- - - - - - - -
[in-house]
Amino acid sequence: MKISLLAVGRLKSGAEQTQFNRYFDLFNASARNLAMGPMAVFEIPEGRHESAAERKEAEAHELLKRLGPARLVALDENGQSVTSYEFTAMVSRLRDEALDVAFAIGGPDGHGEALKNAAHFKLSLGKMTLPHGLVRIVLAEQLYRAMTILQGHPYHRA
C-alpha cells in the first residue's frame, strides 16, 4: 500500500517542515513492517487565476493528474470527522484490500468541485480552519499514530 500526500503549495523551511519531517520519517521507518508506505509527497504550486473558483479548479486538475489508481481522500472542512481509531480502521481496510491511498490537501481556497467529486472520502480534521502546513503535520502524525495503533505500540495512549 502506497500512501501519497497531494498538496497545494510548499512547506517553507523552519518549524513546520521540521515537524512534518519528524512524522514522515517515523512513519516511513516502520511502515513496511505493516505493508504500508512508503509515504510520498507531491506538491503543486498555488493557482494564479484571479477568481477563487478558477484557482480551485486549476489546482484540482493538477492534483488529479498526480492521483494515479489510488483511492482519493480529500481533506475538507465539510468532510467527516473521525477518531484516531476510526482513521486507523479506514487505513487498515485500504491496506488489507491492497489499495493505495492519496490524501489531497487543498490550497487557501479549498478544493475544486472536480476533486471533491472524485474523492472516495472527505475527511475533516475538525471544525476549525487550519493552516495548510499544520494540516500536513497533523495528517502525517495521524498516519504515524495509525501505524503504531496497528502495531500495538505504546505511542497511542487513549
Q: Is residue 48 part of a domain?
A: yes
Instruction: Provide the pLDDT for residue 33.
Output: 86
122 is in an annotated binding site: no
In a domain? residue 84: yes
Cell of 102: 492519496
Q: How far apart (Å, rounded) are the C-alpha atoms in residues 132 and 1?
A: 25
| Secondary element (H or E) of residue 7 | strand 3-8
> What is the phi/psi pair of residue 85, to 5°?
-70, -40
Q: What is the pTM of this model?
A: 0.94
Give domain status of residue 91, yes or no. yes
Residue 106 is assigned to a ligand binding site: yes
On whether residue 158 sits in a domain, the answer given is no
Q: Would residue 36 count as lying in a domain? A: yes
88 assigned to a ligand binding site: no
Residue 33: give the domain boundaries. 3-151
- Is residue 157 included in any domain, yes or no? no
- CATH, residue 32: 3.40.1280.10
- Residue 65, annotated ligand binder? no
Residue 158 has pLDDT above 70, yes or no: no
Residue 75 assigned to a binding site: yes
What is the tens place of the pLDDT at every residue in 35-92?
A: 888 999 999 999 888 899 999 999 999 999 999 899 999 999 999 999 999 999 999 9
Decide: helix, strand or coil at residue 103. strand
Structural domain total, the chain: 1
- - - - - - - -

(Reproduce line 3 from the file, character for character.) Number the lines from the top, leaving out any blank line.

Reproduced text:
C-alpha cells in the first residue's frame, strides 16, 4: 500500500517542515513492517487565476493528474470527522484490500468541485480552519499514530 500526500503549495523551511519531517520519517521507518508506505509527497504550486473558483479548479486538475489508481481522500472542512481509531480502521481496510491511498490537501481556497467529486472520502480534521502546513503535520502524525495503533505500540495512549 502506497500512501501519497497531494498538496497545494510548499512547506517553507523552519518549524513546520521540521515537524512534518519528524512524522514522515517515523512513519516511513516502520511502515513496511505493516505493508504500508512508503509515504510520498507531491506538491503543486498555488493557482494564479484571479477568481477563487478558477484557482480551485486549476489546482484540482493538477492534483488529479498526480492521483494515479489510488483511492482519493480529500481533506475538507465539510468532510467527516473521525477518531484516531476510526482513521486507523479506514487505513487498515485500504491496506488489507491492497489499495493505495492519496490524501489531497487543498490550497487557501479549498478544493475544486472536480476533486471533491472524485474523492472516495472527505475527511475533516475538525471544525476549525487550519493552516495548510499544520494540516500536513497533523495528517502525517495521524498516519504515524495509525501505524503504531496497528502495531500495538505504546505511542497511542487513549